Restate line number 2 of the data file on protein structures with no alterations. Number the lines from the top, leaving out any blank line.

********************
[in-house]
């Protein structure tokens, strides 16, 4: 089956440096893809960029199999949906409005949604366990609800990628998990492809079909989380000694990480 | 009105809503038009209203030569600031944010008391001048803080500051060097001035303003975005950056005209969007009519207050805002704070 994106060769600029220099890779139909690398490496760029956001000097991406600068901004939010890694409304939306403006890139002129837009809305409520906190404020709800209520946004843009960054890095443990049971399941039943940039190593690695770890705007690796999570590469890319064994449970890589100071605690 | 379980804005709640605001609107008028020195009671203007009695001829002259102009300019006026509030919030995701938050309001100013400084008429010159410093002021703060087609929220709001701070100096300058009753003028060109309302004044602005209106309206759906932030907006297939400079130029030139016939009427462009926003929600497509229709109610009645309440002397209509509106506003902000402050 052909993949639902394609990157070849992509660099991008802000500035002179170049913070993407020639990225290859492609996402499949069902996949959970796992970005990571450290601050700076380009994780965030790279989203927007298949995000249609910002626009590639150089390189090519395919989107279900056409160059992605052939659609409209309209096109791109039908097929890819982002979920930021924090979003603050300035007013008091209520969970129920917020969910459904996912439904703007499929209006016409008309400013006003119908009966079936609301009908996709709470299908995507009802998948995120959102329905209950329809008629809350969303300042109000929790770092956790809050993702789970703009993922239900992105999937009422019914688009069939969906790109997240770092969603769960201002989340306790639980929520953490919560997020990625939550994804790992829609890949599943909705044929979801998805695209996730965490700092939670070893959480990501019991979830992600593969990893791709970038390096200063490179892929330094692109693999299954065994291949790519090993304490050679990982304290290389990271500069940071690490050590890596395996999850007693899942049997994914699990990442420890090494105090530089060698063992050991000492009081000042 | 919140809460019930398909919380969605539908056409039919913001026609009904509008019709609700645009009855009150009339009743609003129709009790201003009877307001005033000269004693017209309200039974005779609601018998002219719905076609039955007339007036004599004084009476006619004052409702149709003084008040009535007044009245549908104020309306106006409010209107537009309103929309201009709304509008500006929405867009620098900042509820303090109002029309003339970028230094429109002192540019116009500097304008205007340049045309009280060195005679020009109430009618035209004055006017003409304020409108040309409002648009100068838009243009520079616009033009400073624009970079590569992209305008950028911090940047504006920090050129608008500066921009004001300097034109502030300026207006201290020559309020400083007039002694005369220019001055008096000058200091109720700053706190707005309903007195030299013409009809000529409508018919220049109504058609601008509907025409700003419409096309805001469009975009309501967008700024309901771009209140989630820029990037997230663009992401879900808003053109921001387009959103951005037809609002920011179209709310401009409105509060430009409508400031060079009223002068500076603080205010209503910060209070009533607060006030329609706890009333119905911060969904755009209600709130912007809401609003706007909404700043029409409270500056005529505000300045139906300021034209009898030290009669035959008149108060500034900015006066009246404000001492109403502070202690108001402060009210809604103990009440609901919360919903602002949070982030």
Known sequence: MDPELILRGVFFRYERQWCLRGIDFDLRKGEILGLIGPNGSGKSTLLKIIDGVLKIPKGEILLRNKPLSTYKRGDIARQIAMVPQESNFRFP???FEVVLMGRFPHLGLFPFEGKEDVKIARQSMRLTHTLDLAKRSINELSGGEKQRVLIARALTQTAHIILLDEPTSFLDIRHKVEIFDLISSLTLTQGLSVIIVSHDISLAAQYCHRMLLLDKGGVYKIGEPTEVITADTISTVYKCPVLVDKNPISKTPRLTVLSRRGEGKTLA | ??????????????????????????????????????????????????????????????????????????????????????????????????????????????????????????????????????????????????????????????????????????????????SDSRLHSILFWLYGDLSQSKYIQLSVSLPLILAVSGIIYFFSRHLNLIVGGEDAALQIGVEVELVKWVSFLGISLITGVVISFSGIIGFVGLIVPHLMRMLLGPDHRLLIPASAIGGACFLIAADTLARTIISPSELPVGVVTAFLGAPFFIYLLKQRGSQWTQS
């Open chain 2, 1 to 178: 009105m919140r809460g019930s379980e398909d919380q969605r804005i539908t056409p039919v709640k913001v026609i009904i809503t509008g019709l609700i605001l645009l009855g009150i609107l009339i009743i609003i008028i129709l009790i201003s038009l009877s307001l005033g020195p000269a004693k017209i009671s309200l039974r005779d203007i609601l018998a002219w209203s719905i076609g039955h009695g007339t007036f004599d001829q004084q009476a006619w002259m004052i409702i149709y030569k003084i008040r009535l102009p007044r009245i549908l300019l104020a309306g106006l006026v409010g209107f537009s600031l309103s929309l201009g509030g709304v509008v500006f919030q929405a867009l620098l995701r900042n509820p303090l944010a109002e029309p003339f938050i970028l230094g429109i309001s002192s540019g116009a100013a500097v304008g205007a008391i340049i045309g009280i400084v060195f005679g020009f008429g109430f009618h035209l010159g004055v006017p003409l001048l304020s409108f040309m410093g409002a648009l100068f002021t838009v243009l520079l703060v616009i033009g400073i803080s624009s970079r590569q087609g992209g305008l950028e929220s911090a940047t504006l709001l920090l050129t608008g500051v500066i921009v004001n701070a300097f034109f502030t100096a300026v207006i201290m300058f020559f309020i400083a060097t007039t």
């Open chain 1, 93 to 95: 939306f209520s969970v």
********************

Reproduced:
């Protein structure tokens, strides 16, 4: 089956440096893809960029199999949906409005949604366990609800990628998990492809079909989380000694990480 | 009105809503038009209203030569600031944010008391001048803080500051060097001035303003975005950056005209969007009519207050805002704070 994106060769600029220099890779139909690398490496760029956001000097991406600068901004939010890694409304939306403006890139002129837009809305409520906190404020709800209520946004843009960054890095443990049971399941039943940039190593690695770890705007690796999570590469890319064994449970890589100071605690 | 379980804005709640605001609107008028020195009671203007009695001829002259102009300019006026509030919030995701938050309001100013400084008429010159410093002021703060087609929220709001701070100096300058009753003028060109309302004044602005209106309206759906932030907006297939400079130029030139016939009427462009926003929600497509229709109610009645309440002397209509509106506003902000402050 052909993949639902394609990157070849992509660099991008802000500035002179170049913070993407020639990225290859492609996402499949069902996949959970796992970005990571450290601050700076380009994780965030790279989203927007298949995000249609910002626009590639150089390189090519395919989107279900056409160059992605052939659609409209309209096109791109039908097929890819982002979920930021924090979003603050300035007013008091209520969970129920917020969910459904996912439904703007499929209006016409008309400013006003119908009966079936609301009908996709709470299908995507009802998948995120959102329905209950329809008629809350969303300042109000929790770092956790809050993702789970703009993922239900992105999937009422019914688009069939969906790109997240770092969603769960201002989340306790639980929520953490919560997020990625939550994804790992829609890949599943909705044929979801998805695209996730965490700092939670070893959480990501019991979830992600593969990893791709970038390096200063490179892929330094692109693999299954065994291949790519090993304490050679990982304290290389990271500069940071690490050590890596395996999850007693899942049997994914699990990442420890090494105090530089060698063992050991000492009081000042 | 919140809460019930398909919380969605539908056409039919913001026609009904509008019709609700645009009855009150009339009743609003129709009790201003009877307001005033000269004693017209309200039974005779609601018998002219719905076609039955007339007036004599004084009476006619004052409702149709003084008040009535007044009245549908104020309306106006409010209107537009309103929309201009709304509008500006929405867009620098900042509820303090109002029309003339970028230094429109002192540019116009500097304008205007340049045309009280060195005679020009109430009618035209004055006017003409304020409108040309409002648009100068838009243009520079616009033009400073624009970079590569992209305008950028911090940047504006920090050129608008500066921009004001300097034109502030300026207006201290020559309020400083007039002694005369220019001055008096000058200091109720700053706190707005309903007195030299013409009809000529409508018919220049109504058609601008509907025409700003419409096309805001469009975009309501967008700024309901771009209140989630820029990037997230663009992401879900808003053109921001387009959103951005037809609002920011179209709310401009409105509060430009409508400031060079009223002068500076603080205010209503910060209070009533607060006030329609706890009333119905911060969904755009209600709130912007809401609003706007909404700043029409409270500056005529505000300045139906300021034209009898030290009669035959008149108060500034900015006066009246404000001492109403502070202690108001402060009210809604103990009440609901919360919903602002949070982030």